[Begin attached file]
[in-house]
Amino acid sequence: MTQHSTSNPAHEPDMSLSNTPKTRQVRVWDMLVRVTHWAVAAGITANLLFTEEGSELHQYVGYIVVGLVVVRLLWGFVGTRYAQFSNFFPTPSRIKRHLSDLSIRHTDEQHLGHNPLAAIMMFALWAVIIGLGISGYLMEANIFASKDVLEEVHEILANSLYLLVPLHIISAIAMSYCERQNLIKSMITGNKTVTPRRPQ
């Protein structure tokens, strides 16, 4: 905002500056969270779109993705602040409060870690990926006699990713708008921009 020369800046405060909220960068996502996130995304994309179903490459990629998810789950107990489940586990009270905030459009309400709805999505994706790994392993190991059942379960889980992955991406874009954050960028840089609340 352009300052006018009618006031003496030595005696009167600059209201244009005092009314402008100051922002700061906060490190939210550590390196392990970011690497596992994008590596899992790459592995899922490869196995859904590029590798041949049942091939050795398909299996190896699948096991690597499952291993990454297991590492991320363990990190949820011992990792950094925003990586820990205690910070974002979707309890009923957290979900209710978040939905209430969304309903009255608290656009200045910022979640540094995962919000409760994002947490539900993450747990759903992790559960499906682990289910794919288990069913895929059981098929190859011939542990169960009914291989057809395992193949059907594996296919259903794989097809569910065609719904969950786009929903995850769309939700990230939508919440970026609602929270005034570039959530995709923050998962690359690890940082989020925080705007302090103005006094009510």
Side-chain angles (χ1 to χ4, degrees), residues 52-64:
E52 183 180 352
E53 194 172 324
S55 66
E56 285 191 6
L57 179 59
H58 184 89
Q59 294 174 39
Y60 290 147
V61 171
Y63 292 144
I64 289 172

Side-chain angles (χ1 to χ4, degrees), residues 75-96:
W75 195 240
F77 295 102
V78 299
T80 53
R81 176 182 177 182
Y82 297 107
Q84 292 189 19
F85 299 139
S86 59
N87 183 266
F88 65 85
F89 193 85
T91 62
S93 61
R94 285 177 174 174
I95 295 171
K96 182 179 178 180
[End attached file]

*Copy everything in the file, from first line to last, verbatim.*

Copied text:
[in-house]
Amino acid sequence: MTQHSTSNPAHEPDMSLSNTPKTRQVRVWDMLVRVTHWAVAAGITANLLFTEEGSELHQYVGYIVVGLVVVRLLWGFVGTRYAQFSNFFPTPSRIKRHLSDLSIRHTDEQHLGHNPLAAIMMFALWAVIIGLGISGYLMEANIFASKDVLEEVHEILANSLYLLVPLHIISAIAMSYCERQNLIKSMITGNKTVTPRRPQ
């Protein structure tokens, strides 16, 4: 905002500056969270779109993705602040409060870690990926006699990713708008921009 020369800046405060909220960068996502996130995304994309179903490459990629998810789950107990489940586990009270905030459009309400709805999505994706790994392993190991059942379960889980992955991406874009954050960028840089609340 352009300052006018009618006031003496030595005696009167600059209201244009005092009314402008100051922002700061906060490190939210550590390196392990970011690497596992994008590596899992790459592995899922490869196995859904590029590798041949049942091939050795398909299996190896699948096991690597499952291993990454297991590492991320363990990190949820011992990792950094925003990586820990205690910070974002979707309890009923957290979900209710978040939905209430969304309903009255608290656009200045910022979640540094995962919000409760994002947490539900993450747990759903992790559960499906682990289910794919288990069913895929059981098929190859011939542990169960009914291989057809395992193949059907594996296919259903794989097809569910065609719904969950786009929903995850769309939700990230939508919440970026609602929270005034570039959530995709923050998962690359690890940082989020925080705007302090103005006094009510």
Side-chain angles (χ1 to χ4, degrees), residues 52-64:
E52 183 180 352
E53 194 172 324
S55 66
E56 285 191 6
L57 179 59
H58 184 89
Q59 294 174 39
Y60 290 147
V61 171
Y63 292 144
I64 289 172

Side-chain angles (χ1 to χ4, degrees), residues 75-96:
W75 195 240
F77 295 102
V78 299
T80 53
R81 176 182 177 182
Y82 297 107
Q84 292 189 19
F85 299 139
S86 59
N87 183 266
F88 65 85
F89 193 85
T91 62
S93 61
R94 285 177 174 174
I95 295 171
K96 182 179 178 180